(Max and the Junkmen) Claude Sautet’s 1971 heist caper “Max et les Ferrailleurs” is as much eye candy as suspense film. Michel Piccoli is a tightly coiled lone-wolf cop who conspires to entrap a crew of fourth-rate thieves, hoping to convince to rob a bank so he can make a bust; romantic intrigue comes when he meets a prostitute, Lily (a resplendent, suggestive Romy Schneider) who offers entrée to the gang. While overlit to modern eyes, Sautet works with a clammy, grainy gray-to-green interior palette suggestive of the more stylized interiors of late Melville and Bresson. (Or the perfected trenchcoat man, Alain Delon, in Melville’s “Le Samouraï.”) The characters’ costumes suit the archetypes of the gangsters and undercover policemen, starting with dirty flic Max’s trim jackets with crisp, wide lapels and his perfectly-fitted fedora, and continuing with Lily’s louche, scoop-cut mauve dress and blue eye shadow as she reclines divinely on a raspberry-sherbet plush coverlet, finely fingering her cigarette or, later, another cleavage-baring costume that includes a black vinyl overcoat. Tailoring is destiny. A playful bathtub scene involving a camera and a hat in danger of dousing gently reminds of similar scenes in Godard’s “Contempt,” in which Piccoli played a different sort of inwardly driven hat man. The script is less detailed than the fabric and felt. The drab mood, duplicitous behavior and deeply downbeat story fit nicely with other movies of the time, such as “Dirty Harry” and “The French Connection,” but until the current 35mm restoration with updated subtitles, “Max” hadn’t been distributed in the U.S. The boink-sterous score is by Philippe Sarde. The great Bertrand Tavernier stakes his career to the early help of Sautet, and writes of his mentor, “Sautet was the greatest script doctor and fix-it editor in French cinema. Everyone, including Truffaut, consulted him, and his reactions were always stimulating. He would instantly put his finger on what wasn’t working and immediately find a solution. He improved, repaired, patched up a very large number of French films and saved several from disaster. Jean Gabin often called him because “the screenplay needed a dessert”—a very good image. “And Sautet invented all kinds of desserts.” Plus smoking. Plus drinking. And smoking. Oh, the smoking. 112m. (Ray Pride)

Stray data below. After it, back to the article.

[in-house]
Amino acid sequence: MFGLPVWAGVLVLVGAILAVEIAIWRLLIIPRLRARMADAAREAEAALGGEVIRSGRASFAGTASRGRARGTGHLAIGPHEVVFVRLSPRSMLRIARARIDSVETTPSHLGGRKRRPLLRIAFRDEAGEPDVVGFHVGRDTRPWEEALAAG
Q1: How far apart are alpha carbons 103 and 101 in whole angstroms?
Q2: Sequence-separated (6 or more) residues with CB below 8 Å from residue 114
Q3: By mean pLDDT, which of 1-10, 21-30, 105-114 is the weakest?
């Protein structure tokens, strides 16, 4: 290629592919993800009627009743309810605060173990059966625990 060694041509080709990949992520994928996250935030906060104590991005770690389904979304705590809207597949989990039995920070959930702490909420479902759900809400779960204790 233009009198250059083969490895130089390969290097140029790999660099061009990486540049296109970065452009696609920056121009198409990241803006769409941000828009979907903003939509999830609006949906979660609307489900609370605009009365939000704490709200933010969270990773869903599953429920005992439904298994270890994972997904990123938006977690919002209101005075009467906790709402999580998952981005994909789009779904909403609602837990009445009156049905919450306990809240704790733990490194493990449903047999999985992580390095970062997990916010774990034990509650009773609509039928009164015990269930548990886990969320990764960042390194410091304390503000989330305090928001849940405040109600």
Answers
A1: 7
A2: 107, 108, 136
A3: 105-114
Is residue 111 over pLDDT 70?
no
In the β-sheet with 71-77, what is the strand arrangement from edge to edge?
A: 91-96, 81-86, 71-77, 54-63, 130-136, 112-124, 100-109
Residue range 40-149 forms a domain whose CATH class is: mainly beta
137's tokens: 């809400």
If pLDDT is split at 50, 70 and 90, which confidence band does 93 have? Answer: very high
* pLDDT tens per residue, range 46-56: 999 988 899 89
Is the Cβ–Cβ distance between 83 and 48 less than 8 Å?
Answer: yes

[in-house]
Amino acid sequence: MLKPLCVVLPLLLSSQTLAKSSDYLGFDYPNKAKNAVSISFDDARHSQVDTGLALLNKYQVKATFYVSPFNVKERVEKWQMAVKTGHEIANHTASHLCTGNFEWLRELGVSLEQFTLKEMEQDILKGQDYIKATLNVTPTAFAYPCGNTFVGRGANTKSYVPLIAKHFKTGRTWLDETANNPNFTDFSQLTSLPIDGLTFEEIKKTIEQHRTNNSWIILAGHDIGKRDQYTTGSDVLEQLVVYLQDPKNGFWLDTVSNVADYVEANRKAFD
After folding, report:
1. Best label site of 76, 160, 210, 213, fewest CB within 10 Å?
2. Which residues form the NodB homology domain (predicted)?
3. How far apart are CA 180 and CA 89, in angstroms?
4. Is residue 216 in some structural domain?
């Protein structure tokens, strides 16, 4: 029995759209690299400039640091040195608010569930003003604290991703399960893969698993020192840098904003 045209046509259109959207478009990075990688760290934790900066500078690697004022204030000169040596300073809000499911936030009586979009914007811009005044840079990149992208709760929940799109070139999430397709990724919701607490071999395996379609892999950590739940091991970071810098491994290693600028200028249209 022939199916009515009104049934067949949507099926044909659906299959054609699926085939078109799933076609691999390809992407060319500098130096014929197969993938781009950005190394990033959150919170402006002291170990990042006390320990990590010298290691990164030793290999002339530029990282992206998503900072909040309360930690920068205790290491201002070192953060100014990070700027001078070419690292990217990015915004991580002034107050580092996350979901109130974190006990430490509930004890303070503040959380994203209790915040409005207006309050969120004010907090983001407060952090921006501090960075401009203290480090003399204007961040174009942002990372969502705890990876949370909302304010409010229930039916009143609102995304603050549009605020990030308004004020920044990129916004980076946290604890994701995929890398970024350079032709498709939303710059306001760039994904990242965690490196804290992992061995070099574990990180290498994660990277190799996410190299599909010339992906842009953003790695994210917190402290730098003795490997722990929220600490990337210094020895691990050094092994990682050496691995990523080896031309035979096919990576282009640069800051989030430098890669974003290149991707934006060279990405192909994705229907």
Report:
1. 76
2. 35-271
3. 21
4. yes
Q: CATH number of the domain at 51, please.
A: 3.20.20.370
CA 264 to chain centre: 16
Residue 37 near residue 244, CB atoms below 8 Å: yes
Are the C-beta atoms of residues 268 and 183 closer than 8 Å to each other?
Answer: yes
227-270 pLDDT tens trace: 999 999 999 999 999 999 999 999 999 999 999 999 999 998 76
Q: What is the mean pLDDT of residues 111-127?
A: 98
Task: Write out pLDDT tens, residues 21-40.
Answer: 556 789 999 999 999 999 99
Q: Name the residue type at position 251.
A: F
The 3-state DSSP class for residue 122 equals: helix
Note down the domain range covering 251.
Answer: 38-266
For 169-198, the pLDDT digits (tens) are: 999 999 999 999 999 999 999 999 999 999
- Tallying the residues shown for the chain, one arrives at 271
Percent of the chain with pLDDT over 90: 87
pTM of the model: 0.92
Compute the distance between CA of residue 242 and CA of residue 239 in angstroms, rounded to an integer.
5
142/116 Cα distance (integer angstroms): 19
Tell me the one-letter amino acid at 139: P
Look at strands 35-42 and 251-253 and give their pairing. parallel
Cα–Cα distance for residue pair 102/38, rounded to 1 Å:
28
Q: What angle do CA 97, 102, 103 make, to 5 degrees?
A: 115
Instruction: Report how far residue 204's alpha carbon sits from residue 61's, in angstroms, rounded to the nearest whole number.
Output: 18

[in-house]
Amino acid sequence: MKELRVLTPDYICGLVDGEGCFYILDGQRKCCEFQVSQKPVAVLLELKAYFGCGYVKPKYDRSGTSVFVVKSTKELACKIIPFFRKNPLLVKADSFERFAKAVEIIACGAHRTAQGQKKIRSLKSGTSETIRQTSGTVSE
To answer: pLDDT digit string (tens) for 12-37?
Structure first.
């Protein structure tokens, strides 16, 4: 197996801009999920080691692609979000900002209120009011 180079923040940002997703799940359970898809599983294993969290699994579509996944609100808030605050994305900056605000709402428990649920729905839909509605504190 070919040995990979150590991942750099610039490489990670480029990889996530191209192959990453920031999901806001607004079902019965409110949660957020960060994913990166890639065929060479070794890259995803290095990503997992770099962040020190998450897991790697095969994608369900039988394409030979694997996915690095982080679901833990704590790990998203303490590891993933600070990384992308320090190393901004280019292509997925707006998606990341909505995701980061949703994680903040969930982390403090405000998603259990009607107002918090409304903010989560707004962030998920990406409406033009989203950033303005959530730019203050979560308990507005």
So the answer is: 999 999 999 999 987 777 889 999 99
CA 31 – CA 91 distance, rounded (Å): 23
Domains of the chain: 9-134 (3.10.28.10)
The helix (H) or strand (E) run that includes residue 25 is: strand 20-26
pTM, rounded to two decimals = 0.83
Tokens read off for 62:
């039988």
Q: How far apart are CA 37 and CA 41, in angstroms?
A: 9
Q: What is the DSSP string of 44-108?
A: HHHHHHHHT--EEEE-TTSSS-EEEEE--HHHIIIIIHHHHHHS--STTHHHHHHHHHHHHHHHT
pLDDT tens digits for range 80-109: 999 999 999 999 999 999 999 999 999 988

“Max et les Ferrailleurs” opens Friday at Siskel. The 1971 trailer below is very much of its moment.
Ray Pride is Newcity’s film critic and a contributing editor to Filmmaker magazine.
His history of Chicago “Ghost Signs” in words and images will be published in Spring 2022.